In Sweden this film is called “Pappa på burk” meaning dad in a tub, sort of. A bit weird but I actually like it better somehow because it gives less away. Normally, I get quite annoyed with some of the titles they come up with. Replacing a perfectly good title with a Swedish one. It makes it confusing.

So, dads on tubs, don’t think I’ve seen anything like it. It brings up moral social issues and women’s option of becoming single mothers. Not that odd anymore but Kessie decided that she wanted to know who the donor was and be able to contact him. Probably for the worse.

Funniest in the film, except for the cute little boy, was Juliette Lewis. Don’t remember where I have seen her lately but I haven’t liked it, she’s been awkward and painful to watch. Maybe it’s when she’s been singing. But in The Switch it’s all good. A liberal free spirit, a bit crazy but funny.

Wall Street: Money Never Sleeps

October 10, 2010

“Money is a bitch that never sleeps” and I was a bitch that fell asleep.

It’s true, I dozed off for a little bit. That is how boring it was. Too much talk about numbers and backstabbing and spreading rumours.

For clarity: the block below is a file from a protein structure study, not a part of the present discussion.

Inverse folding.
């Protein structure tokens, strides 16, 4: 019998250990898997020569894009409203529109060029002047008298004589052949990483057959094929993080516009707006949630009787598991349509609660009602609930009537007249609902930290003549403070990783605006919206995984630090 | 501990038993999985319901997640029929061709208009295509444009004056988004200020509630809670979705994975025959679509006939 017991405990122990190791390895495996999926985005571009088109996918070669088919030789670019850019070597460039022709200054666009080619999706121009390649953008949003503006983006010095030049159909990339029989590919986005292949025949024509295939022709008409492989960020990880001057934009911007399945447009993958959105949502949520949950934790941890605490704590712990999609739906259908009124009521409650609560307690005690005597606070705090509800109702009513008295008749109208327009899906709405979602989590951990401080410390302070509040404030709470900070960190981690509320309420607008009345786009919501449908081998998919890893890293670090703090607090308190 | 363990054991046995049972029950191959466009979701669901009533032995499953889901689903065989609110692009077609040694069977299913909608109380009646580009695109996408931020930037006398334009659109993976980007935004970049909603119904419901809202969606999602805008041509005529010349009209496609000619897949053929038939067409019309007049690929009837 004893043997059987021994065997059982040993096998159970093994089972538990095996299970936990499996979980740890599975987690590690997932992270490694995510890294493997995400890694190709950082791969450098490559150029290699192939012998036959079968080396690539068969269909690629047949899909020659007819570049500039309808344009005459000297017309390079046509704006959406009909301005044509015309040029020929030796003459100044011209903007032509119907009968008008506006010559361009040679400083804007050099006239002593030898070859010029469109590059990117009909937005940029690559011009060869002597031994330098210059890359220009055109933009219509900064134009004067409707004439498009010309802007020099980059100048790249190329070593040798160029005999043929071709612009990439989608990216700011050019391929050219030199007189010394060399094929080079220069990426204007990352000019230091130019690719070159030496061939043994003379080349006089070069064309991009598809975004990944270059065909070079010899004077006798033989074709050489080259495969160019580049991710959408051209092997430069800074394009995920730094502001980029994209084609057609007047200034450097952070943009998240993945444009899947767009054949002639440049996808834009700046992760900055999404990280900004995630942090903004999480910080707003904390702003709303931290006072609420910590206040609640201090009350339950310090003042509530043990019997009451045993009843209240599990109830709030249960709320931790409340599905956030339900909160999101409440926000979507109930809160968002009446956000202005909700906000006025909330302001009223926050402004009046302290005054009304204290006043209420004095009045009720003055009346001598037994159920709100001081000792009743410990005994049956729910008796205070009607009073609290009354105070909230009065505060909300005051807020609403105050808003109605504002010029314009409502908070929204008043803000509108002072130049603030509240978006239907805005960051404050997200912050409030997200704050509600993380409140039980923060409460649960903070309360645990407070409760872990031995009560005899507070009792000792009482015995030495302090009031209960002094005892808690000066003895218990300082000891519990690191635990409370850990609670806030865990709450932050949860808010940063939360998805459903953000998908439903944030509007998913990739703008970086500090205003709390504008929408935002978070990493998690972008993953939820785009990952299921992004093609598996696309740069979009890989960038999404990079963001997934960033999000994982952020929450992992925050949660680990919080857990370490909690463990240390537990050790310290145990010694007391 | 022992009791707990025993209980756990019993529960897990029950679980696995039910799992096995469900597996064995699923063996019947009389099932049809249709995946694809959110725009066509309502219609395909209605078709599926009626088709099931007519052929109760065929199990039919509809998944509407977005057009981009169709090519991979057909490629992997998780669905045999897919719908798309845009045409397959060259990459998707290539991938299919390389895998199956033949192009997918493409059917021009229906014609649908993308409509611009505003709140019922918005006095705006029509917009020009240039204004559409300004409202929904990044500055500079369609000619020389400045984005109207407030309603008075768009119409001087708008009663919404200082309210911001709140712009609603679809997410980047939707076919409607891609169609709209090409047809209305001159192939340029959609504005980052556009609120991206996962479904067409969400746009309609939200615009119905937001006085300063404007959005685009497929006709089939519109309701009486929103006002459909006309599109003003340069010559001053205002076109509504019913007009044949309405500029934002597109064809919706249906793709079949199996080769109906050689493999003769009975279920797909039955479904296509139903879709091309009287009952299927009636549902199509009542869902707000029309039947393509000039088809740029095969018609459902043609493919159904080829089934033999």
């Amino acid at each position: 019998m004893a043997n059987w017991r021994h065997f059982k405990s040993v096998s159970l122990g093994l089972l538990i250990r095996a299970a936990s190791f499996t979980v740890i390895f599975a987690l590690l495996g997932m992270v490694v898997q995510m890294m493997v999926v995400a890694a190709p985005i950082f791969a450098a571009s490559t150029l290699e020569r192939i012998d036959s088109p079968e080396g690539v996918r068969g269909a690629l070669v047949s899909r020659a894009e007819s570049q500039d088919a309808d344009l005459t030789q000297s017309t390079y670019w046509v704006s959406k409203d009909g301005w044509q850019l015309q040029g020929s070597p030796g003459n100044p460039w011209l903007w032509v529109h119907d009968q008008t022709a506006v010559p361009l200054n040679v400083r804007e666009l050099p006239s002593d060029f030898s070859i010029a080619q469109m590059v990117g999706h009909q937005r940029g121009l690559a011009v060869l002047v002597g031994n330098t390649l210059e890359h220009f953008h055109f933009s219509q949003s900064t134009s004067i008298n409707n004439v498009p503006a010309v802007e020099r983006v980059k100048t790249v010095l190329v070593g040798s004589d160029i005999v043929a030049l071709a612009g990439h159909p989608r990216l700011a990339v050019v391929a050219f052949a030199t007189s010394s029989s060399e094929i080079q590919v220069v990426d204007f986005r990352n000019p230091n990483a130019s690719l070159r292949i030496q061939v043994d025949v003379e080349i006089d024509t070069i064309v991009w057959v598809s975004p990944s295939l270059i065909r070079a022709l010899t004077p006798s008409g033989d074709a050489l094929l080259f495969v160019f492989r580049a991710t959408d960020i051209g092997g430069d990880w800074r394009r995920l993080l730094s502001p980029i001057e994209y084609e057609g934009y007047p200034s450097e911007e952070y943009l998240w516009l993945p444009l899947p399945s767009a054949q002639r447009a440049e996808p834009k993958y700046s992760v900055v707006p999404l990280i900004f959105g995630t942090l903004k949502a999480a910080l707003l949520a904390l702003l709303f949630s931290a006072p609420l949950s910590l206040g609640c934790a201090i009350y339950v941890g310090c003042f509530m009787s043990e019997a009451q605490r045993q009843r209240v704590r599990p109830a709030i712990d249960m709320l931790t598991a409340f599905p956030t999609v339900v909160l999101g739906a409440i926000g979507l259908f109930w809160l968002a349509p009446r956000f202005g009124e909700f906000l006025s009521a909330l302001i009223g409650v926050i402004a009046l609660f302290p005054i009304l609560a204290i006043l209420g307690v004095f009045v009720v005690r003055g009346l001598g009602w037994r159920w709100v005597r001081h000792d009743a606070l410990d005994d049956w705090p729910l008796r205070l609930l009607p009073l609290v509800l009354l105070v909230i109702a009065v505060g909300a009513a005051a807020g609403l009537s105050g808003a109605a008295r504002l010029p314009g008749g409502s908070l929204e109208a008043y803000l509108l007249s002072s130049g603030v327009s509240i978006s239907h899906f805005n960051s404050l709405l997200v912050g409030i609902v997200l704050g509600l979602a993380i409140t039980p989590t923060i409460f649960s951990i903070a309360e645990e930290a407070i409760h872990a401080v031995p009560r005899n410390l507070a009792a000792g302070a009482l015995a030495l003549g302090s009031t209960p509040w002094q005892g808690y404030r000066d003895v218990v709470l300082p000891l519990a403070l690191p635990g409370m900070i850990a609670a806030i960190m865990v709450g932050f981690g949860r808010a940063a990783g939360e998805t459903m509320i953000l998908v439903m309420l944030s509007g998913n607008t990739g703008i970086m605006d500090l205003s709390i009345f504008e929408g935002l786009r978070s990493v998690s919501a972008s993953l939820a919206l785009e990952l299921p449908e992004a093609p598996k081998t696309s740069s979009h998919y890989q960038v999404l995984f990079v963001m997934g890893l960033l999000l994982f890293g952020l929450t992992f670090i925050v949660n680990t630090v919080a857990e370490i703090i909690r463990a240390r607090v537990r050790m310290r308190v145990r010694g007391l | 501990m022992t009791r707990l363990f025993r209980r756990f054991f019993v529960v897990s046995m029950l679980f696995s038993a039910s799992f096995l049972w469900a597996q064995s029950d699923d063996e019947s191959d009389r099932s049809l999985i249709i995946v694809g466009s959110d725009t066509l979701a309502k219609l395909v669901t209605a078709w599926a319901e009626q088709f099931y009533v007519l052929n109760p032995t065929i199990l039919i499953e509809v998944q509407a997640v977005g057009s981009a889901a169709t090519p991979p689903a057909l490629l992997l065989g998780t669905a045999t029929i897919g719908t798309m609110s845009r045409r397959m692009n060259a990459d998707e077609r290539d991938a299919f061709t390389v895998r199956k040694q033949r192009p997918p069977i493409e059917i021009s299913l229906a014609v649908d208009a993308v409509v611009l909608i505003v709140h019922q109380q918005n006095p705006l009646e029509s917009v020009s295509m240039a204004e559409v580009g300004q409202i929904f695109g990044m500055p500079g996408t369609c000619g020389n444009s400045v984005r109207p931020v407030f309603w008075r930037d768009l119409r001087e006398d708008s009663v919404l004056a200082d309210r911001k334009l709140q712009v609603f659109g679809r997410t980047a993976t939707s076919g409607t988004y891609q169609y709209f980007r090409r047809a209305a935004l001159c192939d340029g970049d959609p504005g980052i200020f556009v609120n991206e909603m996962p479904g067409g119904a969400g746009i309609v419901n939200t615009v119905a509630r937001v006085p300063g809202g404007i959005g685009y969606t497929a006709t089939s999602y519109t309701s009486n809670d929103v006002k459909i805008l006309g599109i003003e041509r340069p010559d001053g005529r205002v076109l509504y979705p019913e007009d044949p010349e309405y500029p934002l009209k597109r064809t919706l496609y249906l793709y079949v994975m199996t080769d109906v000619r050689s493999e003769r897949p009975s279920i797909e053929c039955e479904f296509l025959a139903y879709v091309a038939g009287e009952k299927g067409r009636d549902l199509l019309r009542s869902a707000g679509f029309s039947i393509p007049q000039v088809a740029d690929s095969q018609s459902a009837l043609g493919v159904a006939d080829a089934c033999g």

I’m not going to slag it off completely because there were some good parts.

Michael Douglas’ character as Gordon Gekko was the highlight. At least he was a little bit funny. A man who had been in prison, came out, wrote a book, held some lectures and worked his way up again. By what means? Backstabbing, of course.

I think I learnt a bit about stocks, market share, investment banking blablabla… yawn… zzzzzzz.

But no, seriously it was quite informative and I probably have a little better understanding about what goes on, on Wall Street. That is, if the film wasn’t completely fictitious.

And if it wasn’t, I rather not get too involved with the world of Wall Street and, I should say, other places like it.

Let’s not forget about the moral message, money isn’t the most important thing in life. There are other things like the fight, the ways to get money.

So it was ok, but quite boring. If I hadn’t been at the cinema but on the sofa, I wouldn’t have made an effort to stay awake.

Wall Street: Money Never Sleeps - Michael Douglas, Shia LaBoeuf, Oliver Stone